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The World Incidence and Prevalence of Autoimmune Diseases is Increasing

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Epidemiological data provide evidence of a steady rise in autoimmune disease throughout Westernized societies over the last decades. Multiple publications exist, describing past or actual incidences/prevalence of individual autoimmune diseases, however, long term studies on selected populations are scarce. Aims: to calculate the % increases per year of autoimmune diseases frequencies worldwide, analyze the differential increases per country and disease, and identify geoepidemiological trends. Methods: A systematic review was performed to identify incidence and prevalence of autoimmune diseases. 30 Studies from the last 30 years were identified using Medline, Google, and Cochrane Library databases. Only long-term regional or national follow-ups are reported. Results: The means ± s.d. of the net % increased /year incidence and prevalence of autoimmune diseases worldwide were 19.1±43.1 and 12.5±7.9, respectively. Rheumatic, endocrinological, gastrointestinal and neurological autoimmune diseases revealed the following annual % increases per year: 7.1, 6.3, 6.2, and 3.7, respectively. In all of these, differences between old vs new frequencies were highly significant (p < 0.0001). Comparing various autoimmune diseases, celiac disease increased the most and the highest increase in incidence, comparing old to new surveys is allocated to myasthenia gravis. Despite considerable variations between the countries, celiac, type 1 diabetes and myasthenia gravis frequencies increased the most in Canada, Israel and Denmark, respectively. Frequencies of the autoimmune diseases increased significantly in the West and North when compared to East and South, respectively. Conclusions: Despite multiple reports on autoimmune diseases frequencies, long-term longitudinal follow-ups are scarce. Incidences and prevalences have increased significantly over the last 30 years. Rheumatic, endocrinological and gastrointestinal autoimmune diseases in Israel, Netherlands, USA and Sweden increased the most. These observations point to a stronger influence of environmental factors as opposed to genetic factors on autoimmune disease development.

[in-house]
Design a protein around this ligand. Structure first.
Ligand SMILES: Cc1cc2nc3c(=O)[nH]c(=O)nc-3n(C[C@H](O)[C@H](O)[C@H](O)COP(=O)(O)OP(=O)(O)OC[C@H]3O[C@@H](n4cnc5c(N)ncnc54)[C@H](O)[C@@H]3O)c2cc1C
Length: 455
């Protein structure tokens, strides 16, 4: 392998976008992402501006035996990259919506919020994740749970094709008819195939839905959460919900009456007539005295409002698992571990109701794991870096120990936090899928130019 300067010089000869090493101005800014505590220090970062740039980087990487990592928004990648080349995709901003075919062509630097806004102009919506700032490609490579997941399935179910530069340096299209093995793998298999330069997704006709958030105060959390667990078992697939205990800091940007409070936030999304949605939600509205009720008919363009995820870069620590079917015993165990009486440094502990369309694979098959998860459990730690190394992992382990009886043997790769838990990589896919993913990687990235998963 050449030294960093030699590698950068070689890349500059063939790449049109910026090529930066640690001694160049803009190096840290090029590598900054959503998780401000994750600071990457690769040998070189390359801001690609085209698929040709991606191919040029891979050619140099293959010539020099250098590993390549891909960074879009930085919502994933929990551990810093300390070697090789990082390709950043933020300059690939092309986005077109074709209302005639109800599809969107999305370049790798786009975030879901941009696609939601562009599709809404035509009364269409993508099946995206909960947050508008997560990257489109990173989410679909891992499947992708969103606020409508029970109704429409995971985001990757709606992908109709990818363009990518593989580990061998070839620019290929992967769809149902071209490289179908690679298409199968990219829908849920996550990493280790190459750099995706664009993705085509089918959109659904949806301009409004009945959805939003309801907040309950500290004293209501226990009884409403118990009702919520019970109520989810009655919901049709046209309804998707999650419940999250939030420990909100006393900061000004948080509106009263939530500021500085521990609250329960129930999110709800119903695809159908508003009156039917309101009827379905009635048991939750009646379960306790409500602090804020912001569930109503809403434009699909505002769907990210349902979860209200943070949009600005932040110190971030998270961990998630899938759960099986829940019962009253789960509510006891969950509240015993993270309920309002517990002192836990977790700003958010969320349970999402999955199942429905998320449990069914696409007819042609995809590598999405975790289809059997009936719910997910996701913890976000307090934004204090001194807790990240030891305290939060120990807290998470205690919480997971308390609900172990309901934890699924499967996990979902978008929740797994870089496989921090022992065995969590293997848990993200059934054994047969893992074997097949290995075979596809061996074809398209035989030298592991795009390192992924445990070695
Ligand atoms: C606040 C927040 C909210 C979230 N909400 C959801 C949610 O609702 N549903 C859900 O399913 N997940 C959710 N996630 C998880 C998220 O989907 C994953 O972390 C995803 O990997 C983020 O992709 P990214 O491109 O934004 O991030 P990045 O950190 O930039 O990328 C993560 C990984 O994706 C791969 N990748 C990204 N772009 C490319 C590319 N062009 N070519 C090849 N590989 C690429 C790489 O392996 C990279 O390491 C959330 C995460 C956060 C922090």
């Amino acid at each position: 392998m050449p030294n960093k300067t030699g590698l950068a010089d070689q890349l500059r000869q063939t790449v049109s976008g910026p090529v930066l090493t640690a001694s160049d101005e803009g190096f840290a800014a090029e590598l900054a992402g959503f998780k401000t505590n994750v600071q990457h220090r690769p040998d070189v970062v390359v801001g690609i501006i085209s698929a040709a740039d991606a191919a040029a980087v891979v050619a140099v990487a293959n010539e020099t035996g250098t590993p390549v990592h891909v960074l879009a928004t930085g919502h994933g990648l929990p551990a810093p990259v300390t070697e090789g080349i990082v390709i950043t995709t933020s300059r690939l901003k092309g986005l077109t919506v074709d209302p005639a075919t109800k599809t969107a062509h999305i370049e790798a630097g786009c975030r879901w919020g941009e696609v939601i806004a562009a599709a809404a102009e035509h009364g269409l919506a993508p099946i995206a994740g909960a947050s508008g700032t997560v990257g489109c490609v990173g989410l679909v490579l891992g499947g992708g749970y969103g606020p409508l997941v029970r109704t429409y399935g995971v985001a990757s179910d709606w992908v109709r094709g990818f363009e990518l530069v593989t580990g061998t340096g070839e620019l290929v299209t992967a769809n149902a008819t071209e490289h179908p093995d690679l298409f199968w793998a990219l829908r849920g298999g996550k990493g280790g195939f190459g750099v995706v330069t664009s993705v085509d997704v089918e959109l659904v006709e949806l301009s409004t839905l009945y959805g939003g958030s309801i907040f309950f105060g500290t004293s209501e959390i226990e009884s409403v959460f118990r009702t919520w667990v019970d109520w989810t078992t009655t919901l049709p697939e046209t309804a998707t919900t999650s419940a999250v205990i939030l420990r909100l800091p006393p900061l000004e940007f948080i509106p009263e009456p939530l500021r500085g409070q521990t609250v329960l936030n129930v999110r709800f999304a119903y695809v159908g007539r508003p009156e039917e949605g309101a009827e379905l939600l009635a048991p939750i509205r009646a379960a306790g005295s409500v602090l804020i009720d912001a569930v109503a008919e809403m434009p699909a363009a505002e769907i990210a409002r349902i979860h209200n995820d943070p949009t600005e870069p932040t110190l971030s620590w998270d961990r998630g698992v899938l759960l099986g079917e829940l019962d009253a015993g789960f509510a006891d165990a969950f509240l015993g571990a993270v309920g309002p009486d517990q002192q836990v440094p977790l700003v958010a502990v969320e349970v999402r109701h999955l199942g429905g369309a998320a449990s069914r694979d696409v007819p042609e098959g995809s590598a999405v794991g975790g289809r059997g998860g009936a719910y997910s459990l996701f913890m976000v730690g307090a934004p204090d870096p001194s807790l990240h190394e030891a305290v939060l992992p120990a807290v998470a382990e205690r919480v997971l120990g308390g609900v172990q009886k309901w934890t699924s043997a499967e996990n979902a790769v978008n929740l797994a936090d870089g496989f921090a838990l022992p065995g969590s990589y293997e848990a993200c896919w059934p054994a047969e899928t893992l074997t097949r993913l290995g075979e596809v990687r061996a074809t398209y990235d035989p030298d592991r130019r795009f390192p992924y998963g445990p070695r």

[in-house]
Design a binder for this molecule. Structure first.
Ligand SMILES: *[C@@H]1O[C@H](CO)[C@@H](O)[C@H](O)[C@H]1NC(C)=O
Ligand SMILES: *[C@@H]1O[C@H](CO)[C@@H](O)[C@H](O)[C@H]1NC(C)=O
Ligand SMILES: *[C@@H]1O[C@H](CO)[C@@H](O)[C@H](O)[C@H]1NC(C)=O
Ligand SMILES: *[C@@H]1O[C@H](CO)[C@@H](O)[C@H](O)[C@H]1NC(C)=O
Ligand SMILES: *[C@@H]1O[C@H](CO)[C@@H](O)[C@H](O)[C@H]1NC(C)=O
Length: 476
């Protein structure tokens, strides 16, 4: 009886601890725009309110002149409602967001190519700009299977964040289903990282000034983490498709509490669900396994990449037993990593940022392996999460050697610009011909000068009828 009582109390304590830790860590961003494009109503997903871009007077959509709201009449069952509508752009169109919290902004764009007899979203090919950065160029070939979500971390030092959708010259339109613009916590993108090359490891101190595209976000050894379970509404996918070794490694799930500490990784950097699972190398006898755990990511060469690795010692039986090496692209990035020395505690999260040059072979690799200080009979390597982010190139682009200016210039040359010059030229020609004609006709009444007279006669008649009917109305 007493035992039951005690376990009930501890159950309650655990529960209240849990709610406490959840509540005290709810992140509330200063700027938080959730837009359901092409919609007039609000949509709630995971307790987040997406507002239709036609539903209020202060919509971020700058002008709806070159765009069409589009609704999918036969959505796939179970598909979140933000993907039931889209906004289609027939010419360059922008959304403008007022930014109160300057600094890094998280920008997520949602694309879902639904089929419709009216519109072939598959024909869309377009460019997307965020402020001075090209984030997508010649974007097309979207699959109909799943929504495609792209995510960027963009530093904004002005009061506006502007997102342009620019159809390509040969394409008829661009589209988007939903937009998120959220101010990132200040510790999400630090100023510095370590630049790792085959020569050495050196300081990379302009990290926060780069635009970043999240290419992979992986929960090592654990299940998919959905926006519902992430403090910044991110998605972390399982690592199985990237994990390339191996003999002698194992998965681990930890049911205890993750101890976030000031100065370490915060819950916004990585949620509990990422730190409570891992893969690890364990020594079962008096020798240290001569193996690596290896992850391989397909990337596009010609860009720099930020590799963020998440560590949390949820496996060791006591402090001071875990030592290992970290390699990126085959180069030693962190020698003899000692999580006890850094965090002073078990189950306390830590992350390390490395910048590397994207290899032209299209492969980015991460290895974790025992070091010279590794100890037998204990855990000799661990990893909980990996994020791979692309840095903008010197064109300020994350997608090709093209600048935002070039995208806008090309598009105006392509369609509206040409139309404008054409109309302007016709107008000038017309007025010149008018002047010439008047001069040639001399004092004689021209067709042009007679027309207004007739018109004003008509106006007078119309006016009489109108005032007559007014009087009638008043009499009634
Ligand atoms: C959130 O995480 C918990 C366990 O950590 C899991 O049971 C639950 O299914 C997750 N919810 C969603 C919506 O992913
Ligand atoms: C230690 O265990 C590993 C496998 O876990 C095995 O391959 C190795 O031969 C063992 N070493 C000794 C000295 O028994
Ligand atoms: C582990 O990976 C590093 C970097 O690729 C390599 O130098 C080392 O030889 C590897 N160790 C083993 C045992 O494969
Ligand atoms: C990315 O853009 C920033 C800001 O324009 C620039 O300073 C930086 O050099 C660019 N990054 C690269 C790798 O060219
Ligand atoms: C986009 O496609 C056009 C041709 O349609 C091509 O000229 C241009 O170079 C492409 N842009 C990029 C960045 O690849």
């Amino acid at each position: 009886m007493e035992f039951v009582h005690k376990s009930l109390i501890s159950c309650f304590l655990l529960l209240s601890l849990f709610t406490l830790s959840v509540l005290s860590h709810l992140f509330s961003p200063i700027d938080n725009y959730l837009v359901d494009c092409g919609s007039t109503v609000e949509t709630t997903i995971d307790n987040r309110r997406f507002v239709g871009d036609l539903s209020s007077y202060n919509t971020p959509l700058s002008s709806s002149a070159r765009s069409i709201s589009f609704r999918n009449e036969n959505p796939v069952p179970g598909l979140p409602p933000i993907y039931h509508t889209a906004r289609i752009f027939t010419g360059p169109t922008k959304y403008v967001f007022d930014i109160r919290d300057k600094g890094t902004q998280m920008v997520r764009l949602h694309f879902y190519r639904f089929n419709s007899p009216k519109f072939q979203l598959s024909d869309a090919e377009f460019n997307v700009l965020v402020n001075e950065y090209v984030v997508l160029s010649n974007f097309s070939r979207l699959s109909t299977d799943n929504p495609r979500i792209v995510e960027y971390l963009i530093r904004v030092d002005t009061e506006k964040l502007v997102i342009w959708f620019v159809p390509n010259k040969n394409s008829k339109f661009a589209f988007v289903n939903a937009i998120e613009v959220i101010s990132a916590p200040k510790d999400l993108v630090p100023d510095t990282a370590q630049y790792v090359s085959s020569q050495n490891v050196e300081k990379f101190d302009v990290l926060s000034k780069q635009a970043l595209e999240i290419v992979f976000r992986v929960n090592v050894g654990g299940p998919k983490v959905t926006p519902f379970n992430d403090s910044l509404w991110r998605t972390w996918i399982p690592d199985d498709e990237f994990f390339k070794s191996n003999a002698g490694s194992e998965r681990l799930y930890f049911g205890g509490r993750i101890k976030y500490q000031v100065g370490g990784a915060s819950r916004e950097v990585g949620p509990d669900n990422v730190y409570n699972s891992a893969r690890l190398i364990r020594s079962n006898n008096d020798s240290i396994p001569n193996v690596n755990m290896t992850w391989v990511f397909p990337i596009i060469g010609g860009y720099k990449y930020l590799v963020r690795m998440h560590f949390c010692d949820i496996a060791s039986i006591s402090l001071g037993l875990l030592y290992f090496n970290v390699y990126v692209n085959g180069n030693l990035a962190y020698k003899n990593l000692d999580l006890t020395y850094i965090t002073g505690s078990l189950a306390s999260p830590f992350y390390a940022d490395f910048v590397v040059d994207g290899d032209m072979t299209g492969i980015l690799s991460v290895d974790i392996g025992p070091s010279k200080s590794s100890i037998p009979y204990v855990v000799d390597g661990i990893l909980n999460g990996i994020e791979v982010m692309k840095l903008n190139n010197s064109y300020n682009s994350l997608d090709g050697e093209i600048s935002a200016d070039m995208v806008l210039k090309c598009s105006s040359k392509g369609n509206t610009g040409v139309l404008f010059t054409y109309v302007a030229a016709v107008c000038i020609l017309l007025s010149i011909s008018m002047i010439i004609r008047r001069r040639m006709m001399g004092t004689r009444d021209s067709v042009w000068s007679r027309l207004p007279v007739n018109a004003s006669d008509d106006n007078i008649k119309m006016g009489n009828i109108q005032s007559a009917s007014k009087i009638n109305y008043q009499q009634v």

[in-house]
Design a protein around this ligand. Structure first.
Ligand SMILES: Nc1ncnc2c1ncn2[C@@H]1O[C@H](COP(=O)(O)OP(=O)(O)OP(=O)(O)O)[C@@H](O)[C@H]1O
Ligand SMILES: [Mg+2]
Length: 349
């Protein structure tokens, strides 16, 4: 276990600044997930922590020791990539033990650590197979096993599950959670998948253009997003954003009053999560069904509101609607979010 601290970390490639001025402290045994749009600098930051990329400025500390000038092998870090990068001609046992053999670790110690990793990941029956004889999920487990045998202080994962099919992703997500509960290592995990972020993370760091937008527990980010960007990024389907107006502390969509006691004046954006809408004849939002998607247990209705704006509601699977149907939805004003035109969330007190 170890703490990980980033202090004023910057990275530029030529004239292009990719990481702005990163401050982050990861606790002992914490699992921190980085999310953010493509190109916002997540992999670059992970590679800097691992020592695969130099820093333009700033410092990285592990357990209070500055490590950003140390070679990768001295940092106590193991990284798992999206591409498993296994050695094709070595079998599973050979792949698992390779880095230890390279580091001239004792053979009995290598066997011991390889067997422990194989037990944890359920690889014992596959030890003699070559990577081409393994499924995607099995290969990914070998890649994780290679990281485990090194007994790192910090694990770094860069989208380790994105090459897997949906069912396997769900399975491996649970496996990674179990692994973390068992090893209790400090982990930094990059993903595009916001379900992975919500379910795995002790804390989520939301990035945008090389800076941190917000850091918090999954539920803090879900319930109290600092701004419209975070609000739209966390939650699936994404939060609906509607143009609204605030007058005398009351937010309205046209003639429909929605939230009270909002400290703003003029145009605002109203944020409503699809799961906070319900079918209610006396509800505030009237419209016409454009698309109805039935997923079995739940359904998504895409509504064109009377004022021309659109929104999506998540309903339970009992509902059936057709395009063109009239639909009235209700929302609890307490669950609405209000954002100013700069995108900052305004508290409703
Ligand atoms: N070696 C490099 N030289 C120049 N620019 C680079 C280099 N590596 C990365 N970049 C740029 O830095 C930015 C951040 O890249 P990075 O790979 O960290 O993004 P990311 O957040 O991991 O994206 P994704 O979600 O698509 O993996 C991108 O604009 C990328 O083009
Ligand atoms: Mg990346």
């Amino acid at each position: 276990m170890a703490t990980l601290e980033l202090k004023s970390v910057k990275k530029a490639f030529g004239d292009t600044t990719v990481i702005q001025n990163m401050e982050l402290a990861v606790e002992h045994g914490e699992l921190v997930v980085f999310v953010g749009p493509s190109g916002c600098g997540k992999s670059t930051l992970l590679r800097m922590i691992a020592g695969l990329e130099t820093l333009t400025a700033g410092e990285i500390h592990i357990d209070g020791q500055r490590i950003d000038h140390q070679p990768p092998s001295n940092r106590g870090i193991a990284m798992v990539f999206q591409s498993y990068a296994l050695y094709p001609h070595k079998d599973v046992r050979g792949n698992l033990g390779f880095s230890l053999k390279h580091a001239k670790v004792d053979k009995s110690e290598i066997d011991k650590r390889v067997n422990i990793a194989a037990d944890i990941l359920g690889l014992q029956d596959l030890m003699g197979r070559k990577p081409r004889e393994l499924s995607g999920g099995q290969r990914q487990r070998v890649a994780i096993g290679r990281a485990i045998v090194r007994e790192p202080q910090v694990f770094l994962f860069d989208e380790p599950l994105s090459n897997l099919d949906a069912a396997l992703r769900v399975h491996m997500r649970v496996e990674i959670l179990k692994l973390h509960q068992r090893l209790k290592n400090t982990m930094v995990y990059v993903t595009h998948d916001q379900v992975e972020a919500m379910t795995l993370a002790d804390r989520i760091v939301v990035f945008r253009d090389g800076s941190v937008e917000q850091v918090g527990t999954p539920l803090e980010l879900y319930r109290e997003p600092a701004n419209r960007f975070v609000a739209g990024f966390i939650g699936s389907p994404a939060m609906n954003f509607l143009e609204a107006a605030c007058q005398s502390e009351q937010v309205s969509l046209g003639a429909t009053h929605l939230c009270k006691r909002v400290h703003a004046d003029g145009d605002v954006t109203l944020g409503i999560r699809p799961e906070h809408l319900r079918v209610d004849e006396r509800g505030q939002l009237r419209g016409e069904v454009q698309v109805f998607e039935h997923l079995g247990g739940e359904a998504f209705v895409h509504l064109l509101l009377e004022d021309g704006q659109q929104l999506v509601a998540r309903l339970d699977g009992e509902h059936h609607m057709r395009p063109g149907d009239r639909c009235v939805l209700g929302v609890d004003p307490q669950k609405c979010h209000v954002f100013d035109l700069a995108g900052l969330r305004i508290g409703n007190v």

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International Journal of Celiac Disease, 2015, Vol. 3, No. 4, 151-155
Available online at http://pubs.sciepub.com/ijcd/3/4/8
© Science and Education Publishing
DOI:10.12691/ijcd-3-4-8
The World Incidence and Prevalence of Autoimmune
Diseases is Increasing
Aaron Lerner1,*, Patricia Jeremias2, Torsten Matthias2
1B. Rappaport School of Medicine, Technion-Israel Institute of Technology, Haifa, Israel
2AESKU.KIPP Institute, Wendelsheim, Germany
*Corresponding author: aaronlerner1948@gmail.com
Received September 27, 2015; Revised October 29, 2015; Accepted November 11, 2015
Abstract Epidemiological data provide evidence of a steady rise in autoimmune disease throughout Westernized
societies over the last decades. Multiple publications exist, describing past or actual incidences/prevalence of
individual autoimmune diseases, however, long term studies on selected populations are scarce. Aims: to calculate
the % increases per year of autoimmune diseases frequencies worldwide, analyze the differential increases per
country and disease, and identify geoepidemiological trends. Methods: A systematic review was performed to
identify incidence and prevalence of autoimmune diseases. 30 Studies from the last 30 years were identified using
Medline, Google, and Cochrane Library databases. Only long-term regional or national follow-ups are reported.
Results: The means ± s.d. of the net % increased /year incidence and prevalence of autoimmune diseases worldwide
were 19.1±43.1 and 12.5±7.9, respectively. Rheumatic, endocrinological, gastrointestinal and neurological
autoimmune diseases revealed the following annual % increases per year: 7.1, 6.3, 6.2, and 3.7, respectively. In all of
these, differences between old vs new frequencies were highly significant (p< 0.0001). Comparing various
autoimmune diseases, celiac disease increased the most and the highest increase in incidence, comparing old to new
surveys is allocated to myasthenia gravis. Despite considerable variations between the countries, celiac, type 1
diabetes and myasthenia gravis frequencies increased the most in Canada, Israel and Denmark, respectively.
Frequencies of the autoimmune diseases increased significantly in the West and North when compared to East and
South, respectively. Conclusions: Despite multiple reports on autoimmune diseases frequencies, long-term
longitudinal follow-ups are scarce. Incidences and prevalences have increased significantly over the last 30 years.
Rheumatic, endocrinological and gastrointestinal autoimmune diseases in Israel, Netherlands, USA and Sweden